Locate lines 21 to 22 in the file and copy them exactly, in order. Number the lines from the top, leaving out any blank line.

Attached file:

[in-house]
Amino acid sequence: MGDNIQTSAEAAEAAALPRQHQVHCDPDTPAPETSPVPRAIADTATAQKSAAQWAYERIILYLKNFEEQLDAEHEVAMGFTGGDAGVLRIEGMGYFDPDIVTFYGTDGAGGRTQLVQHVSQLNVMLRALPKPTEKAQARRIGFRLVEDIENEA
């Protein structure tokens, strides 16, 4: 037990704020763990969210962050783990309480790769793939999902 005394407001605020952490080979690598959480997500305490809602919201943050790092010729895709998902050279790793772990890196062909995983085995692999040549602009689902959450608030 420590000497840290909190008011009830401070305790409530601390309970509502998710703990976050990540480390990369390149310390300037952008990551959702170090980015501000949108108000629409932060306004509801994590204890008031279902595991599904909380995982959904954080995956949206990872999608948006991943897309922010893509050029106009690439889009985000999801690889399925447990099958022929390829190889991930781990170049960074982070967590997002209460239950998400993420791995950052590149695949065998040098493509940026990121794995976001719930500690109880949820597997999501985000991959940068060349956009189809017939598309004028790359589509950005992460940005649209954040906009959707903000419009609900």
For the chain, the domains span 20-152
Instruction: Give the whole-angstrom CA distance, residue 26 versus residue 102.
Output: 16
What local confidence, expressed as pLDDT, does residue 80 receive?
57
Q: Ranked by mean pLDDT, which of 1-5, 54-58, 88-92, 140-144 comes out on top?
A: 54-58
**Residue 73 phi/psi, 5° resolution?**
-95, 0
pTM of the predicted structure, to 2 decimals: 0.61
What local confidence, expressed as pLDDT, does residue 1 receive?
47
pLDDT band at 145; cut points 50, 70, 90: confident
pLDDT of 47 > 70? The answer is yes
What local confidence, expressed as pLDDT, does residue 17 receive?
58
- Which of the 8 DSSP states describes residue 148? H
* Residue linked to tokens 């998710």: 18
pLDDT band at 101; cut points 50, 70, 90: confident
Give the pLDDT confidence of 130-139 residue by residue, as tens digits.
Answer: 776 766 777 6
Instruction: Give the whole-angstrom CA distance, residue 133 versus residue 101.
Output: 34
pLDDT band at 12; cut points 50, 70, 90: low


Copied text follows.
* Residue linked to tokens 């998710």: 18
pLDDT band at 101; cut points 50, 70, 90: confident